Imagine a vine so vigorous it grows inches overnight and so valuable it produces useful tools and gifts. Okay, Jack’s magic beans grew a vine that led to giants and a golden goose but this magical vine is no fairy tale. Loofah is a hardy, non-invasive, drought-tolerant vine that produces tons of fibrous gourds and it is easy to grow in your own yard.
Loofah sponges are actually vegetable gourds that grow on a vigorous vine.
Loofah, also spelled luffa or loofa, are members of the Cucurbitaceae or gourd family of plants which includes cucumbers, watermelons and squash. The bright yellow flowers on loofah vines closely resemble squash and cucumber blooms. Loofah gourds are grown from two species: Luffa aegyptiaca and Luffa acutangular or cyclindrica. The first is most commonly called ridged luffa but is also as known as angled luffa, vegetable gourd, or Chinese okra. The second type is most commonly known as smooth luffa, dishrag gourd, or Egyptian luffa.
Smooth loofah (Luffa acutangular or cyclindrica) is the type I have grown in my Jax Beach backyard for over 15 years. The photos and growing tips in this article are all about growing smooth loofah gourds. The University of Florida’s IFAS extension program has an excellent, highly informative article about the differences and origins of both loofah species. Read it here: https://edis.ifas.ufl.edu/hs1285
Hardy, drought-tolerant loofah vines love sun and cling onto anything within reach.
How, when and where to plant loofah.
Your loofah vine will need at least 6 hours of bright sun each day. I recommend starting seeds in small pots to ensure that the plants have good root development before planting them in the ground. Many smart gardeners who have bought my loofah seeds reported great success with sowing the seeds directly in the ground. I’m certain this is due to their vigilant watering for the first few weeks. Loofah vines are drought tolerant but if you’re planting seeds (or small seedlings) in July, August or September, your young plants will need more water to get established.
Long-standing gardening advice is to plant your loofah seeds in the Spring after risk of frost, anytime in the Summer, or in the Fall at least 150 days prior to the first Winter frost. Here in Jax Beach, we have not had a hard frost in a least three years. Loofah and birdhouse gourds grow year-round in my backyard and the vines take fewer than 150 days to produce healthy gourds.
Whether you plant your seeds in the ground or in pots, plant them about 3/4 of an inch deep. Make a hole with your index finger up to the knuckle. (Yes, touch the dirt. Dig in it with your bare hands.) Once your seeds are planted, make sure the soil does not dry out completely until the seeds have sprouted. Seeds usually sprout within 3-5 days, but some may take up to 10 days. The first two leaves that appear are large and oval shaped. These starter or seed leaves are called cotyledon and look nothing like the actual vine leaves. These starter leaves may fall off or will dry out and turn brown first if your vine is not getting enough water.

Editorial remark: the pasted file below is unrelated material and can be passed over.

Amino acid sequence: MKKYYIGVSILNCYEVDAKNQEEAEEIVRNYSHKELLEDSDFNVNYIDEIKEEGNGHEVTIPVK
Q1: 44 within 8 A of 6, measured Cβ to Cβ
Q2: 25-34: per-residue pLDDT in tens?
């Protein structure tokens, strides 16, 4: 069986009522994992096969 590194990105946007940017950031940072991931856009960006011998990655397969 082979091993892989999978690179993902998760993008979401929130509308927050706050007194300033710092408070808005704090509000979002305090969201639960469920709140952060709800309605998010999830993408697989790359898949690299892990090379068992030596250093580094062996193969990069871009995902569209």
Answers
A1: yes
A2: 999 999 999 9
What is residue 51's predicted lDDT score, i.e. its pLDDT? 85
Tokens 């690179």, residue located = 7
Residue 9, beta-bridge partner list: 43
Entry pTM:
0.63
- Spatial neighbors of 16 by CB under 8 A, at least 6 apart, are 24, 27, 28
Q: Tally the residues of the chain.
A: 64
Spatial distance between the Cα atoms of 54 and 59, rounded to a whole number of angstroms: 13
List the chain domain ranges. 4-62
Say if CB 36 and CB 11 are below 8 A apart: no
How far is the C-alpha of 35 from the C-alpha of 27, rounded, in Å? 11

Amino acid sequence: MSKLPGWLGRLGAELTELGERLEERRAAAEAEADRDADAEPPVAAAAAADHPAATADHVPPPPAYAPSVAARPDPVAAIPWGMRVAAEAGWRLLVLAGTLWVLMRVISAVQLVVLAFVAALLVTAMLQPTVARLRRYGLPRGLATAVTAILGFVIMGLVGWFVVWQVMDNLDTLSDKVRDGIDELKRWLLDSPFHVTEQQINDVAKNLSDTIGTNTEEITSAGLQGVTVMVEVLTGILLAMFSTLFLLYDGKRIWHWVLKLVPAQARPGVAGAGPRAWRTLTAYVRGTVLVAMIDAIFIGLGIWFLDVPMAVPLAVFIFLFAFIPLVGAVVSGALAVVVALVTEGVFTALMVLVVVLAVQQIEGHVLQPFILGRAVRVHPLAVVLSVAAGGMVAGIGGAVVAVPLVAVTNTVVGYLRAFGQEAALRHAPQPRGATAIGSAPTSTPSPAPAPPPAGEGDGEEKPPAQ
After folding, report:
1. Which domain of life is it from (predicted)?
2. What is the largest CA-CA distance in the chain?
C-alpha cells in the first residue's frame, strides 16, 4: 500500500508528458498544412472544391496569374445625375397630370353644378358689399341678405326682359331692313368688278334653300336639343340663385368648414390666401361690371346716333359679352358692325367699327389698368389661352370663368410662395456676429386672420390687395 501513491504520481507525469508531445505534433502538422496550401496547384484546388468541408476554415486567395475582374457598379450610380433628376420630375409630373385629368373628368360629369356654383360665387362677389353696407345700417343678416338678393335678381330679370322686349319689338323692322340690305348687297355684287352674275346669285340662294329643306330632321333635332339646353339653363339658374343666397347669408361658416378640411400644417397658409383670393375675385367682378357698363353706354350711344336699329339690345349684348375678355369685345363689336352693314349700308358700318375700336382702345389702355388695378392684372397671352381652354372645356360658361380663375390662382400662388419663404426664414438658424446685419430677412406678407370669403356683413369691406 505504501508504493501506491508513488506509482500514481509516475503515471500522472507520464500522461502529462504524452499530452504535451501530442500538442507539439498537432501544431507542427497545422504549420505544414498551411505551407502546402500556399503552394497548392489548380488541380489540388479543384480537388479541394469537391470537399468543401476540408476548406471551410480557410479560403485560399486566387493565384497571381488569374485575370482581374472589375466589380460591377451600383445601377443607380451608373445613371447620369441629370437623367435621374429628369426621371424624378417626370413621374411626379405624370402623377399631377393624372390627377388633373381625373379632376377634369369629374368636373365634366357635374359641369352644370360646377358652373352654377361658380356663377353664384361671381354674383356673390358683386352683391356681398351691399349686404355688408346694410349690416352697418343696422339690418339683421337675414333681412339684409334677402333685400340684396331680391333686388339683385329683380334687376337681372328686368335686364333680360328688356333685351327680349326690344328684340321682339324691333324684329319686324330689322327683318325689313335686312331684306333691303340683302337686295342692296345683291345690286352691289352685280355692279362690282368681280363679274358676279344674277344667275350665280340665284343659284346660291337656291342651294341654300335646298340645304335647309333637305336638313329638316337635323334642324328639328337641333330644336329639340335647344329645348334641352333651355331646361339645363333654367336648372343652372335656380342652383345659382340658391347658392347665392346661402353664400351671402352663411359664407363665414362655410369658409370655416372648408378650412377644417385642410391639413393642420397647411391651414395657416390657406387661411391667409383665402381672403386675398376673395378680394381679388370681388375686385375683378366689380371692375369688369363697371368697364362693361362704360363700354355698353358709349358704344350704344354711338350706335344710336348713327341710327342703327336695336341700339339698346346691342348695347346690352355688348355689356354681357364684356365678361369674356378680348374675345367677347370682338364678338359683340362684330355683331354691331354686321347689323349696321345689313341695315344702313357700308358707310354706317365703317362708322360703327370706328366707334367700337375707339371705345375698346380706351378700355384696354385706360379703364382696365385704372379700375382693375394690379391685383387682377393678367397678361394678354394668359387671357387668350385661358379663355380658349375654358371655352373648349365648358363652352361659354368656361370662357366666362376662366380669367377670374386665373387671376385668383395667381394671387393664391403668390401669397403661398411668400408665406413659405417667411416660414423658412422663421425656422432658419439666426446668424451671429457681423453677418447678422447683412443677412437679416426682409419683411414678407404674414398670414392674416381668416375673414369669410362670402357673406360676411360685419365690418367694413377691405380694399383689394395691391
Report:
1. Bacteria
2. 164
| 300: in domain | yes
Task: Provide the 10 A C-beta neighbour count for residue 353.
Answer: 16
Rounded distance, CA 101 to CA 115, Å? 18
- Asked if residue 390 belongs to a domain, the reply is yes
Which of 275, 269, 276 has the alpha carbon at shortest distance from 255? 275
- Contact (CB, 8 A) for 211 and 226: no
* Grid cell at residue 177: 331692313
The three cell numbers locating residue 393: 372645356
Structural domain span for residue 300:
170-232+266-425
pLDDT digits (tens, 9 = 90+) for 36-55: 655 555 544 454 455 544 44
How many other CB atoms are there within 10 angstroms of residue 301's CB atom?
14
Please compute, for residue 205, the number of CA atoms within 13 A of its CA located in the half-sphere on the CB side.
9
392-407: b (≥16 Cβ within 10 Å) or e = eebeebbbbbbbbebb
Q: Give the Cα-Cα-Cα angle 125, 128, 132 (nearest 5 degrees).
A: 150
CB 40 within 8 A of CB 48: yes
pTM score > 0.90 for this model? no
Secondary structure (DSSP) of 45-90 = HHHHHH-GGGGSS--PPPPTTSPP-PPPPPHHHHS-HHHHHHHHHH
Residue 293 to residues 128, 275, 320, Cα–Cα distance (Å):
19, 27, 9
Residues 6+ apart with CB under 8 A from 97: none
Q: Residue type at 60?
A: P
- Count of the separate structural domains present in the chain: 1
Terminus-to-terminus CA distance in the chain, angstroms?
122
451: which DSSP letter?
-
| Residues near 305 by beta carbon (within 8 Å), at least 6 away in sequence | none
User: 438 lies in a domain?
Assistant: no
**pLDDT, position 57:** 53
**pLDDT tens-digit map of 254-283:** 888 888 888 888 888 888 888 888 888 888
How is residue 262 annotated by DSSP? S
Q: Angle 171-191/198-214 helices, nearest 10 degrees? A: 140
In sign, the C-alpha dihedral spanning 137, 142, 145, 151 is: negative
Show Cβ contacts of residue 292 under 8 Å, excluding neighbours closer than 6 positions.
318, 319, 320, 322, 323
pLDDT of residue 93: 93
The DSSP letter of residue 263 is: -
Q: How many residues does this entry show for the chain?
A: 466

Choose a planting location that provides bright sun for at least 5-6 hours a day and gives the vine something to climb up. Loofah vines can be grown in containers but you’d need large ones. Five-gallon paint buckets with lots of drainage hole work well. However, the fast-growing vigorous vine needs something to attach to while growing. It produces larger and more plentiful loofah gourds when planed in the ground.
Once your vines are established, usually within six weeks, your loofah vines will get bright yellow flowers followed by small fruit. These tiny gourds resemble baby cucumbers. As your gourds grow, check to make sure they are hanging unobstructed. A gourd that is caught on the trellis or wrapped by another vine will have a curved or crooked shape.
When a gourd reaches maturity, it will begin to dry out from the top stem downward. The green outer rind will turn dark brown. Leave the loofah gourd on the vine to dry out, but you can help the process by peeling away the dried outer shell or making cracks in it let dry air in. Especially peel away the bottom or make a hole your gourd so that rain can drain out while the gourd is drying out.
Harvesting and cleaning loofah.
You can tell that a gourd is completely dried out when the skin is brown and brittle, and you can hear loose seeds if you shake the gourd. Peel away the dead skin and try to remove as many seeds as you can. I have peeled many loofah when they were half dried out or the skin was brittle but the seeds were not loose. These gourds finished drying in the sun and the seeds were fine. Once your gourd is totally peeled and the seeds have dried inside, you can shake the loofah to remove seeds. I also use toothpicks or wooden kabob skewers to poke out the seeds. Some people recommend bleaching your loofah to prevent mold, but just soak them in water and put them in the sun. They will dry and brighten beautifully without any chemicals.